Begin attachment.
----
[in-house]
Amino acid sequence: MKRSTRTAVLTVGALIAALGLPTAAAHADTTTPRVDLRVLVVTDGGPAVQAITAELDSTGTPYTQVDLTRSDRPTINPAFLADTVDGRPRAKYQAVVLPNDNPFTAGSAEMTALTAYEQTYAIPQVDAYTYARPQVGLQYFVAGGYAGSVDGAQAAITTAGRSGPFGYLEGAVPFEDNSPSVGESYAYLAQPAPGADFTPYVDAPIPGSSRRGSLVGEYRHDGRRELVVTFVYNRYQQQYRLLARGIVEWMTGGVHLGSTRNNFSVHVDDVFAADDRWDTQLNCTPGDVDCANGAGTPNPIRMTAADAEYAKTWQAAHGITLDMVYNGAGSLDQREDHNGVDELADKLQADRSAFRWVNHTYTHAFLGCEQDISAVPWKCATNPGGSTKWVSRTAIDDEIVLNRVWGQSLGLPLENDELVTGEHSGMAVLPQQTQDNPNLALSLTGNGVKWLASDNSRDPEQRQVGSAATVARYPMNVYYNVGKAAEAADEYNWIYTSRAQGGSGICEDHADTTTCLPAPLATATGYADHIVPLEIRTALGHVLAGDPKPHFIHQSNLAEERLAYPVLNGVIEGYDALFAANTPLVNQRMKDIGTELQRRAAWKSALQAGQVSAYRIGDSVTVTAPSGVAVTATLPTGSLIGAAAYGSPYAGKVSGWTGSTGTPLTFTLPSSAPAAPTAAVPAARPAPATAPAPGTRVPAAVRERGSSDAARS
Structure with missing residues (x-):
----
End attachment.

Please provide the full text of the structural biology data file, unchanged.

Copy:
[in-house]
Amino acid sequence: MKRSTRTAVLTVGALIAALGLPTAAAHADTTTPRVDLRVLVVTDGGPAVQAITAELDSTGTPYTQVDLTRSDRPTINPAFLADTVDGRPRAKYQAVVLPNDNPFTAGSAEMTALTAYEQTYAIPQVDAYTYARPQVGLQYFVAGGYAGSVDGAQAAITTAGRSGPFGYLEGAVPFEDNSPSVGESYAYLAQPAPGADFTPYVDAPIPGSSRRGSLVGEYRHDGRRELVVTFVYNRYQQQYRLLARGIVEWMTGGVHLGSTRNNFSVHVDDVFAADDRWDTQLNCTPGDVDCANGAGTPNPIRMTAADAEYAKTWQAAHGITLDMVYNGAGSLDQREDHNGVDELADKLQADRSAFRWVNHTYTHAFLGCEQDISAVPWKCATNPGGSTKWVSRTAIDDEIVLNRVWGQSLGLPLENDELVTGEHSGMAVLPQQTQDNPNLALSLTGNGVKWLASDNSRDPEQRQVGSAATVARYPMNVYYNVGKAAEAADEYNWIYTSRAQGGSGICEDHADTTTCLPAPLATATGYADHIVPLEIRTALGHVLAGDPKPHFIHQSNLAEERLAYPVLNGVIEGYDALFAANTPLVNQRMKDIGTELQRRAAWKSALQAGQVSAYRIGDSVTVTAPSGVAVTATLPTGSLIGAAAYGSPYAGKVSGWTGSTGTPLTFTLPSSAPAAPTAAVPAARPAPATAPAPGTRVPAAVRERGSSDAARS
Structure with missing residues (x-):